But for a minute, lets assume that claim is correct and lets think, who would prefer a lifetime sentence to death? The answer would be people who are wrongly convicted and put to death when they were really innocent. Due to the article you used I assume you are living in the US so I will talk about the US right now. An article from the Guardian says that "At least 4.1% of all defendants sentenced to death in the US in the modern era are innocent, according to the first major study to attempt to calculate how often states get it wrong in their wielding of the ultimate punishment."
So what this shows is that at least 4% of the people who are sentenced to the death penalty are actually found to be innocent later on, granted some of the people found innocent are exonerated before ultimate execution but definitely not all of them. And as for these people, most of them while probably innocent were still given life without parole, meaning that they would still most certainly die in prison without a chance of an appeal. Keep in mind that this is just the people we are almost sure of, there is surely more people who happened to be innocent but were never found to be.
In the case you are questioning the validity of the study they later go on to say that: "A team of legal experts and statisticians from Michigan and Pennsylvania used the latest statistical techniques to produce a peer-reviewed estimate of the "dark figure" that lies behind the death penalty." So it is a peer reviewed study conducted by legal experts and statisticians, I believe we can agree this is quite a respectable source. In turn the death penalty is ineffective because we simply do not always get the right person in any country, keep in mind this is just the US the number may be larger for other countries, but in any case this takes away the real credibility of the death penalty. As if these people would in prison the evidence that was indeed found eventually could have gotten them out of prison, rightfully, when they are dead, this is not possible. http://www.theguardian.com...
So your second argument holds no weight for anything. Keep in mind throughout this the burden of proof is on you as you are arguing for the effectiveness of the death penalty which through your first two arguments you have failed to do.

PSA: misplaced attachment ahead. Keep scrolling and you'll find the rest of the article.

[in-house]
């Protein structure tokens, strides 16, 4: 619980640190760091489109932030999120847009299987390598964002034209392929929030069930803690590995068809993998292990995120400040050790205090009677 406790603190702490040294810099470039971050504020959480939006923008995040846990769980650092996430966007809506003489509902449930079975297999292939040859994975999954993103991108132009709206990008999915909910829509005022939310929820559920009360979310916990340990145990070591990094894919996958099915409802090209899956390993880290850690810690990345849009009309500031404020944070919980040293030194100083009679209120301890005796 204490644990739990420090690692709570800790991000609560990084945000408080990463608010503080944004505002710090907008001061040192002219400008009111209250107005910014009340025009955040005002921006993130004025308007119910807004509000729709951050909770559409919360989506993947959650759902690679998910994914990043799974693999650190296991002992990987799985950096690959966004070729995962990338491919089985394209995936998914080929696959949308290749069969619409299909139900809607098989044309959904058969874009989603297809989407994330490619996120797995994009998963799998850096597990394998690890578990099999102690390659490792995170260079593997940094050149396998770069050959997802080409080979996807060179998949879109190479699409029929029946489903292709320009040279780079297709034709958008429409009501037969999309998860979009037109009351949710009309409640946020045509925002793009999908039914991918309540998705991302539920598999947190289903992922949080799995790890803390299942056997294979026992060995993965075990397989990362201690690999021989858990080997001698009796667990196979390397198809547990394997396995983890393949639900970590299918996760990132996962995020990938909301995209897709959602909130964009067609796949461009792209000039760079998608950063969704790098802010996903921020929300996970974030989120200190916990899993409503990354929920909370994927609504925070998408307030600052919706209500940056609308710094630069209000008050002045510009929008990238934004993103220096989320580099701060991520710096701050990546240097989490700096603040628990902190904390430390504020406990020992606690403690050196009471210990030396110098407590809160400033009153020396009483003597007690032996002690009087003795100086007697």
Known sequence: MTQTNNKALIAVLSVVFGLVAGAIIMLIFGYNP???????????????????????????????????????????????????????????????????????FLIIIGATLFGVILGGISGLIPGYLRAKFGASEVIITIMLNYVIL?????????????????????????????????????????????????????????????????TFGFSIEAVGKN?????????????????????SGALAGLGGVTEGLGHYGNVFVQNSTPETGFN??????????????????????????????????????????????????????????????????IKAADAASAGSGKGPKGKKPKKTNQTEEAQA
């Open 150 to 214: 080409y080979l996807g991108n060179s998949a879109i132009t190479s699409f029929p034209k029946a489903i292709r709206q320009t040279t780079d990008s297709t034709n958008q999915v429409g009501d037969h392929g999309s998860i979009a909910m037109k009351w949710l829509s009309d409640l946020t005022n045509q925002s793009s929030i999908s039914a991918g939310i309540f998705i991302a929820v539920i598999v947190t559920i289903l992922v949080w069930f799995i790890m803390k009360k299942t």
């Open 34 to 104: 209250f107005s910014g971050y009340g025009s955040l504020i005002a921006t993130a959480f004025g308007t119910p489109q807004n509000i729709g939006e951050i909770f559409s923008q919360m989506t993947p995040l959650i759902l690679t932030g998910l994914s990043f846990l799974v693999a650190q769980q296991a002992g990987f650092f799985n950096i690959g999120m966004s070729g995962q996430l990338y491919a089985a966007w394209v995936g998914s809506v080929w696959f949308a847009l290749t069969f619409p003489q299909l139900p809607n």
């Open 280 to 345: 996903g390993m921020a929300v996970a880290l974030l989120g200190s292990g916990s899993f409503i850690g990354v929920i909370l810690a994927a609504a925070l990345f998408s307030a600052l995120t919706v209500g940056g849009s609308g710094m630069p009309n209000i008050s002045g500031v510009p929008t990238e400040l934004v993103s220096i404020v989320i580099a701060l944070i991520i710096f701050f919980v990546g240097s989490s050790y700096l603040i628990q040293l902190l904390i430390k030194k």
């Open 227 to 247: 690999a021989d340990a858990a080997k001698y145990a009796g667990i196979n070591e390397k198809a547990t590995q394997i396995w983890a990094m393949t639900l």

Your third argument about the price of prisoners and its price is quite true, however that study is specifically about the US which does hold about 25% of the worlds prisoners-https://www.washingtonpost.com...
What you forget to account for is the cost of the death penalty used in the US. But before that you say that the prisoners are spending their lives in vain, although this is again your completely subjective personal opinion. "Using conservative rough projections, the Commission estimates the annual costs of the present (death penalty) system to be $137 million per year. The cost of the present system with reforms recommended by the Commission to ensure a fair process would be $232.7 million per year." This is the numbers that show the cost of the death penalty as is on http://www.deathpenaltyinfo.org.... At first this seems like an obvious point for pro but lets take a closer look, while $232.7 million is a lot less than the cost of total prisoners, he does not account for the fact that were the death penalty practiced there would still not be many people put to death, meaning that the people that would get it, would be a VERY small percentage of the $64.4 billion that accounts for all prisoners. So to really compare this we must do the math and see the people that were put to death in 2015 v.s the cost of employing the death penalty in 2015. 28 people got the death penalty in 2015, so to see if it was more expensive to kill them or to jail them I will multiply the cost of a single prisoner against the cost of the death penalty yearly. First here is a list of the 2015 executions-http://www.deathpenaltyinfo.org...
http://www.nytimes.com... This article shows that the cost of a prisoner yearly is $168,000. So this multiplied by the 28 prisoners gets an approximate cost of $4,704,000. This shows that this is the real price it would cost to put in jail the people who were executed in 2015. But the cost of executing them I already put above. So consider this, in 2015 it cost more to execute people in the US than it would have been to jail them for that year. So, in reality, it is essentially not cheaper to kill them than jail them. So really the third argument you propose actually does not help your claim at all, since it misses the big picture completely. Overall I have refuted your arguments fairly fully while providing some of my own, now it's your turn to move.
Lets see how this plays out.
DESTROYERZV forfeited this round.
DESTROYERZV forfeited this round.